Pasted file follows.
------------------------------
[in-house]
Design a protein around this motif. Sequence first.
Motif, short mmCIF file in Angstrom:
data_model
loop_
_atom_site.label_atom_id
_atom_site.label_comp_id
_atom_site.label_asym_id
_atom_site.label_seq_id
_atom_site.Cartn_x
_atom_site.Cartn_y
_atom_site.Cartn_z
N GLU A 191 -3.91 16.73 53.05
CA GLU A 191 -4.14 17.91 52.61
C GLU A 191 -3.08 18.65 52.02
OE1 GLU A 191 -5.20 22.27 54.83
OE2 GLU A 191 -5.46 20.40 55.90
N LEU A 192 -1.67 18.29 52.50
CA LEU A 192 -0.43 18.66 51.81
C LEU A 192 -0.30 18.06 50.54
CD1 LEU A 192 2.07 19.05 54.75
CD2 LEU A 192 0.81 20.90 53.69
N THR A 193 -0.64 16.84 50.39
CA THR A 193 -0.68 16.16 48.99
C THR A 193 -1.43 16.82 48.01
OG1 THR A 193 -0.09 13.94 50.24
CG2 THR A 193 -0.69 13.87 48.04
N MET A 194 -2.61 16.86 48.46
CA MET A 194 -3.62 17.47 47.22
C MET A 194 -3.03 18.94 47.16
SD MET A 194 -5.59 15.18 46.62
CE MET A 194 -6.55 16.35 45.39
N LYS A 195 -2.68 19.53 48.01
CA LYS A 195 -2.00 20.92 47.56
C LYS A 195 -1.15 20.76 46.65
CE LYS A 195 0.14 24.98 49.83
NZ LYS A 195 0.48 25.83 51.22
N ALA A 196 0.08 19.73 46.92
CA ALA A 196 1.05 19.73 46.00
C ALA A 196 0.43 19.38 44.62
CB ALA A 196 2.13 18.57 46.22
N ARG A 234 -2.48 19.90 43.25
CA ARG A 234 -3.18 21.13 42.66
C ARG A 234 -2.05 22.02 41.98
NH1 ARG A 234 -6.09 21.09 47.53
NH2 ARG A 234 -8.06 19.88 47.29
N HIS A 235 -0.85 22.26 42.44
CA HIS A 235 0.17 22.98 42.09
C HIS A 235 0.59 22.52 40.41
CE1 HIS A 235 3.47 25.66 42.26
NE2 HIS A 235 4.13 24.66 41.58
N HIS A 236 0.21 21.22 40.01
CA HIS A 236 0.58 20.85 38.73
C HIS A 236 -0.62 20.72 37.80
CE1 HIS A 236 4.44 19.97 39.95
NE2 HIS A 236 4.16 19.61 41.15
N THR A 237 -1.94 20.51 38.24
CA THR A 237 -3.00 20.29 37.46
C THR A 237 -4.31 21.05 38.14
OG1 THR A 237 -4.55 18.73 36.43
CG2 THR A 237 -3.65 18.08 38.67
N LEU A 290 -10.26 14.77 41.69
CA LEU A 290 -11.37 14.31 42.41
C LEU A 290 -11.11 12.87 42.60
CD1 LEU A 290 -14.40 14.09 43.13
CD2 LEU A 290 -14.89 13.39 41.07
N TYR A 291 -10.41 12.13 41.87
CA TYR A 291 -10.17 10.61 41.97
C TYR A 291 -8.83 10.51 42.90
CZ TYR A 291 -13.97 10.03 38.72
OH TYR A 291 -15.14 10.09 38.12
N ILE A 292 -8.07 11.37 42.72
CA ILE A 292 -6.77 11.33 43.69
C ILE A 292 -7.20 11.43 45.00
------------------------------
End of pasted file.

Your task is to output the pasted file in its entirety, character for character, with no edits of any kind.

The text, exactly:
[in-house]
Design a protein around this motif. Sequence first.
Motif, short mmCIF file in Angstrom:
data_model
loop_
_atom_site.label_atom_id
_atom_site.label_comp_id
_atom_site.label_asym_id
_atom_site.label_seq_id
_atom_site.Cartn_x
_atom_site.Cartn_y
_atom_site.Cartn_z
N GLU A 191 -3.91 16.73 53.05
CA GLU A 191 -4.14 17.91 52.61
C GLU A 191 -3.08 18.65 52.02
OE1 GLU A 191 -5.20 22.27 54.83
OE2 GLU A 191 -5.46 20.40 55.90
N LEU A 192 -1.67 18.29 52.50
CA LEU A 192 -0.43 18.66 51.81
C LEU A 192 -0.30 18.06 50.54
CD1 LEU A 192 2.07 19.05 54.75
CD2 LEU A 192 0.81 20.90 53.69
N THR A 193 -0.64 16.84 50.39
CA THR A 193 -0.68 16.16 48.99
C THR A 193 -1.43 16.82 48.01
OG1 THR A 193 -0.09 13.94 50.24
CG2 THR A 193 -0.69 13.87 48.04
N MET A 194 -2.61 16.86 48.46
CA MET A 194 -3.62 17.47 47.22
C MET A 194 -3.03 18.94 47.16
SD MET A 194 -5.59 15.18 46.62
CE MET A 194 -6.55 16.35 45.39
N LYS A 195 -2.68 19.53 48.01
CA LYS A 195 -2.00 20.92 47.56
C LYS A 195 -1.15 20.76 46.65
CE LYS A 195 0.14 24.98 49.83
NZ LYS A 195 0.48 25.83 51.22
N ALA A 196 0.08 19.73 46.92
CA ALA A 196 1.05 19.73 46.00
C ALA A 196 0.43 19.38 44.62
CB ALA A 196 2.13 18.57 46.22
N ARG A 234 -2.48 19.90 43.25
CA ARG A 234 -3.18 21.13 42.66
C ARG A 234 -2.05 22.02 41.98
NH1 ARG A 234 -6.09 21.09 47.53
NH2 ARG A 234 -8.06 19.88 47.29
N HIS A 235 -0.85 22.26 42.44
CA HIS A 235 0.17 22.98 42.09
C HIS A 235 0.59 22.52 40.41
CE1 HIS A 235 3.47 25.66 42.26
NE2 HIS A 235 4.13 24.66 41.58
N HIS A 236 0.21 21.22 40.01
CA HIS A 236 0.58 20.85 38.73
C HIS A 236 -0.62 20.72 37.80
CE1 HIS A 236 4.44 19.97 39.95
NE2 HIS A 236 4.16 19.61 41.15
N THR A 237 -1.94 20.51 38.24
CA THR A 237 -3.00 20.29 37.46
C THR A 237 -4.31 21.05 38.14
OG1 THR A 237 -4.55 18.73 36.43
CG2 THR A 237 -3.65 18.08 38.67
N LEU A 290 -10.26 14.77 41.69
CA LEU A 290 -11.37 14.31 42.41
C LEU A 290 -11.11 12.87 42.60
CD1 LEU A 290 -14.40 14.09 43.13
CD2 LEU A 290 -14.89 13.39 41.07
N TYR A 291 -10.41 12.13 41.87
CA TYR A 291 -10.17 10.61 41.97
C TYR A 291 -8.83 10.51 42.90
CZ TYR A 291 -13.97 10.03 38.72
OH TYR A 291 -15.14 10.09 38.12
N ILE A 292 -8.07 11.37 42.72
CA ILE A 292 -6.77 11.33 43.69
C ILE A 292 -7.20 11.43 45.00